Those who are familiar with Victor Hugo’s classic novel, Les Misérables, would probably have no contention in agreeing with me that, in the main character, Jean Valjean, is personified the words “fugitive” and “vagabond”. The Merriam-Webster’s dictionary defines the word fugitive as someone who is ‘running away to avoid being captured’ and the word vagabond as someone who is ‘moving from place to place without a fixed home.’
Genesis 4:12 records that God told Cain as part of his curse, that Cain would be a fugitive and a vagabond.
Because of the willful sin of Cain, he had to be on the run as a fugitive – running from the Lord God. In addition to Cain being a fugitive, Cain was also sentenced to be a wanderer, because he was weak and he let sin not only wander into his life, but rule over him and became of snare of the devil (Genesis 4:7; 1 John 3:12; 1 Timothy 3:7). As a wanderer, Cain would have been restless, all his life, with no rest. Cain’s life, in a sense, would have been miserable.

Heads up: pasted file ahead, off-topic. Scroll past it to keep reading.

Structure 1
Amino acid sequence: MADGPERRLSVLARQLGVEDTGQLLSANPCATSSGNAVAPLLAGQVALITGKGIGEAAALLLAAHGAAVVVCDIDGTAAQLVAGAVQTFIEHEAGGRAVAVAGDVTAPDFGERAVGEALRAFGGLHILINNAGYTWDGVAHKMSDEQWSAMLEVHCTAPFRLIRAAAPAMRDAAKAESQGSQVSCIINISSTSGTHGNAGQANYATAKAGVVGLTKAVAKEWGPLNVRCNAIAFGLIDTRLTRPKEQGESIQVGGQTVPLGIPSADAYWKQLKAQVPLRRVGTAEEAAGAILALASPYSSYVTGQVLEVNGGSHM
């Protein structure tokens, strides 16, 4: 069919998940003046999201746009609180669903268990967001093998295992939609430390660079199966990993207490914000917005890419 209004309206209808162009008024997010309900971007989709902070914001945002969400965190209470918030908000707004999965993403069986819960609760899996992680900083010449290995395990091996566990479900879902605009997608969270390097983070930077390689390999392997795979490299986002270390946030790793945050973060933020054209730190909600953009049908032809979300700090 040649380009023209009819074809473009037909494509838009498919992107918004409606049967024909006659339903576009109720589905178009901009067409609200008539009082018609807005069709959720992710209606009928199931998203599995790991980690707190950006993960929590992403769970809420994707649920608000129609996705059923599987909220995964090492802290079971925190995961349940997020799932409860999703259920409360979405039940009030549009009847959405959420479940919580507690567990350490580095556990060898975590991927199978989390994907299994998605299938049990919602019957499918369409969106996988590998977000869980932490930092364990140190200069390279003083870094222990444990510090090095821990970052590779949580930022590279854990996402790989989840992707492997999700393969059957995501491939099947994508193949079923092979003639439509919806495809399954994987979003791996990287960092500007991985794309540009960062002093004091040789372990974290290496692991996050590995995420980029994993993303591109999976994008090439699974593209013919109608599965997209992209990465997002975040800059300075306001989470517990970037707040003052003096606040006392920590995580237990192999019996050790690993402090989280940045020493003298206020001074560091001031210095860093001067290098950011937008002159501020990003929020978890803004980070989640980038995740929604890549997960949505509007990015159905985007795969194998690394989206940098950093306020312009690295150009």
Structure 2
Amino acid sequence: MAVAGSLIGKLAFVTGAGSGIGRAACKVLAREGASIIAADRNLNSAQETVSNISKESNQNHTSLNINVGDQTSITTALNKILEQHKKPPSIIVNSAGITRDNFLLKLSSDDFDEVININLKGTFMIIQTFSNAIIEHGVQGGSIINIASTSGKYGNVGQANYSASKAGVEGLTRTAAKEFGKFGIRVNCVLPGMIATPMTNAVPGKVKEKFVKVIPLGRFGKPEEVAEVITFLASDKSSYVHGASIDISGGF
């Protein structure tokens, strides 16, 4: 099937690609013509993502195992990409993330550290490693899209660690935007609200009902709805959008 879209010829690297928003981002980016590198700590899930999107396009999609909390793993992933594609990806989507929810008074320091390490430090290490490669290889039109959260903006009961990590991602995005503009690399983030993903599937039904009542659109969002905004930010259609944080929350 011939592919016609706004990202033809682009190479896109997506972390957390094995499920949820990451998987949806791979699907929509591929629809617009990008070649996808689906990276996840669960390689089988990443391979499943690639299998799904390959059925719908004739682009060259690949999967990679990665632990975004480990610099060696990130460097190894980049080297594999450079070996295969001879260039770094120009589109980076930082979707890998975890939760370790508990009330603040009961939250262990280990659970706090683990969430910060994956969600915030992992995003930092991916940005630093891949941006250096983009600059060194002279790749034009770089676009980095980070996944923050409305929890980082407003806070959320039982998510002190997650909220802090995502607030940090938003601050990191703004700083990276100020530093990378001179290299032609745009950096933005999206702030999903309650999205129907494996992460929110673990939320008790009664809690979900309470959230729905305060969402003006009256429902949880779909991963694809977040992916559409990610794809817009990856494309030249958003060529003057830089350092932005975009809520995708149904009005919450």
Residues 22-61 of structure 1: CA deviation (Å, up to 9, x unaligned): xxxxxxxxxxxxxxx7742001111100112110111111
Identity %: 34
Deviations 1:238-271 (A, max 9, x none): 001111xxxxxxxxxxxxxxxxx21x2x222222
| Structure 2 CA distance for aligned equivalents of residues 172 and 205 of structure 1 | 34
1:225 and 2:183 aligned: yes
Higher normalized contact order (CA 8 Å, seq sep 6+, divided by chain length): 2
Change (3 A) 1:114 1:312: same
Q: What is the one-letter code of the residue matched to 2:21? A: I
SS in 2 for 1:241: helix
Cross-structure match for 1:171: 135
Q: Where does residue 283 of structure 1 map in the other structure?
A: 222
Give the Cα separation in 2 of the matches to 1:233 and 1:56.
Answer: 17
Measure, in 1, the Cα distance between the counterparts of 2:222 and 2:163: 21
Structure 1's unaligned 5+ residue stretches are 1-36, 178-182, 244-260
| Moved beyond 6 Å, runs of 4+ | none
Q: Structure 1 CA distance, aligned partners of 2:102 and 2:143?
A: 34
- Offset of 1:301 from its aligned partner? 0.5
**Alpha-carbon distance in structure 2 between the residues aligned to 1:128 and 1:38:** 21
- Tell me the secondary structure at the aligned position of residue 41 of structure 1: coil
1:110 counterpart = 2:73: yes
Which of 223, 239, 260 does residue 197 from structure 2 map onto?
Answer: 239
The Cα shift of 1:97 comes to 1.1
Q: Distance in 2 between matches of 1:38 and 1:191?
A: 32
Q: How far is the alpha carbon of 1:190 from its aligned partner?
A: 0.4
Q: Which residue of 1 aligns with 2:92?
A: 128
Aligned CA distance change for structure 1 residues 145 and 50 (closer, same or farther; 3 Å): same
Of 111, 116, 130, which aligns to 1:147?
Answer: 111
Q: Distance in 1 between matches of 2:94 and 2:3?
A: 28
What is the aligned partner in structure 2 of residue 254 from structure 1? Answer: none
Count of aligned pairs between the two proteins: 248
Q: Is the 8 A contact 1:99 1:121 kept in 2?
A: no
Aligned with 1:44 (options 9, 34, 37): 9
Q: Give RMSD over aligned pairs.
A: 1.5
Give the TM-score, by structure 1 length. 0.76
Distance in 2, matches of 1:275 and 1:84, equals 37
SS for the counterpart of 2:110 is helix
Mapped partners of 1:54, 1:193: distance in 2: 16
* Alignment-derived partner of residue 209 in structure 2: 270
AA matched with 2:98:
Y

Points to ponder:
Let us watch and pray so we do not fall into temptation, for the Spirit of God in us is willing, but our flesh is weak (Matthew 26:41). Let us give no room for the devil to wander into our life (1 Timothy 3:7), lest we like Cain willfully sin and become a wanderer and a fugitive. Let us not be like Les Misérables Cain.
Genesis 4:12 (KJV)
12 When thou tillest the ground, it shall not henceforth yield unto thee her strength; a fugitive and a vagabond shalt thou be in the earth.
1 Timothy 3:7 (KJV)
7 Moreover he must have a good report of them which are without; lest he fall into reproach and the snare of the devil.
Matthew 26:41 (KJV)
41 Watch and pray, that ye enter not into temptation: the spirit indeed is willing, but the flesh is weak.